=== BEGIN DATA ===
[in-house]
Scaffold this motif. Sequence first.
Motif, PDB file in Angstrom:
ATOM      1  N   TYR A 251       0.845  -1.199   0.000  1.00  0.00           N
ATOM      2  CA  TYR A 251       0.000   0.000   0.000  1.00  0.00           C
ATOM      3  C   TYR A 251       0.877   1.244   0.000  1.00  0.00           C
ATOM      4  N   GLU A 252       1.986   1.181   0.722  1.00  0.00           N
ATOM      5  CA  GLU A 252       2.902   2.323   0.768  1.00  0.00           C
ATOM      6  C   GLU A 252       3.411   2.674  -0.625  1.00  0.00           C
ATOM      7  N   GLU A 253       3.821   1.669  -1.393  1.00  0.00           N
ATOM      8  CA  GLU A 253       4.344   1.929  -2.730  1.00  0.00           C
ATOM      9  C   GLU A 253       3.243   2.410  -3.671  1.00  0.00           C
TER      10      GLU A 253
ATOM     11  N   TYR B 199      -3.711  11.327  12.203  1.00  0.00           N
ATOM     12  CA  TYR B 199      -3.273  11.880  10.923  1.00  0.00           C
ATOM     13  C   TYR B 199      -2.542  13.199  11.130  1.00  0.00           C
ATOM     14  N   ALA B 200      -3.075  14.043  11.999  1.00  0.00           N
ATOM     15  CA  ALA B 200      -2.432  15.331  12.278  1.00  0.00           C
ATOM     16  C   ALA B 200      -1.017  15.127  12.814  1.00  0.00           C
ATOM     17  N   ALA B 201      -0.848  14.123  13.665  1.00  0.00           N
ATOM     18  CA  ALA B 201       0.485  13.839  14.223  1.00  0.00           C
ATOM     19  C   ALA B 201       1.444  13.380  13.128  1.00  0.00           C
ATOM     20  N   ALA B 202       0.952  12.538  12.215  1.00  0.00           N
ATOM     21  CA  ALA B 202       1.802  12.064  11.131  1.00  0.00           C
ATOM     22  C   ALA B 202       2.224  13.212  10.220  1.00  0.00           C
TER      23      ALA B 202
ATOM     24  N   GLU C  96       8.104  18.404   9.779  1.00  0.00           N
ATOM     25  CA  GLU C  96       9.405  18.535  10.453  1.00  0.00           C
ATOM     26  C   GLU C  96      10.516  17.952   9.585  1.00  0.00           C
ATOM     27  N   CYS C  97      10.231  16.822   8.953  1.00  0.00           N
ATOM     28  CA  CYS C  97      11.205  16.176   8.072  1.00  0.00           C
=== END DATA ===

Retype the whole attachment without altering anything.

[in-house]
Scaffold this motif. Sequence first.
Motif, PDB file in Angstrom:
ATOM      1  N   TYR A 251       0.845  -1.199   0.000  1.00  0.00           N
ATOM      2  CA  TYR A 251       0.000   0.000   0.000  1.00  0.00           C
ATOM      3  C   TYR A 251       0.877   1.244   0.000  1.00  0.00           C
ATOM      4  N   GLU A 252       1.986   1.181   0.722  1.00  0.00           N
ATOM      5  CA  GLU A 252       2.902   2.323   0.768  1.00  0.00           C
ATOM      6  C   GLU A 252       3.411   2.674  -0.625  1.00  0.00           C
ATOM      7  N   GLU A 253       3.821   1.669  -1.393  1.00  0.00           N
ATOM      8  CA  GLU A 253       4.344   1.929  -2.730  1.00  0.00           C
ATOM      9  C   GLU A 253       3.243   2.410  -3.671  1.00  0.00           C
TER      10      GLU A 253
ATOM     11  N   TYR B 199      -3.711  11.327  12.203  1.00  0.00           N
ATOM     12  CA  TYR B 199      -3.273  11.880  10.923  1.00  0.00           C
ATOM     13  C   TYR B 199      -2.542  13.199  11.130  1.00  0.00           C
ATOM     14  N   ALA B 200      -3.075  14.043  11.999  1.00  0.00           N
ATOM     15  CA  ALA B 200      -2.432  15.331  12.278  1.00  0.00           C
ATOM     16  C   ALA B 200      -1.017  15.127  12.814  1.00  0.00           C
ATOM     17  N   ALA B 201      -0.848  14.123  13.665  1.00  0.00           N
ATOM     18  CA  ALA B 201       0.485  13.839  14.223  1.00  0.00           C
ATOM     19  C   ALA B 201       1.444  13.380  13.128  1.00  0.00           C
ATOM     20  N   ALA B 202       0.952  12.538  12.215  1.00  0.00           N
ATOM     21  CA  ALA B 202       1.802  12.064  11.131  1.00  0.00           C
ATOM     22  C   ALA B 202       2.224  13.212  10.220  1.00  0.00           C
TER      23      ALA B 202
ATOM     24  N   GLU C  96       8.104  18.404   9.779  1.00  0.00           N
ATOM     25  CA  GLU C  96       9.405  18.535  10.453  1.00  0.00           C
ATOM     26  C   GLU C  96      10.516  17.952   9.585  1.00  0.00           C
ATOM     27  N   CYS C  97      10.231  16.822   8.953  1.00  0.00           N
ATOM     28  CA  CYS C  97      11.205  16.176   8.072  1.00  0.00           C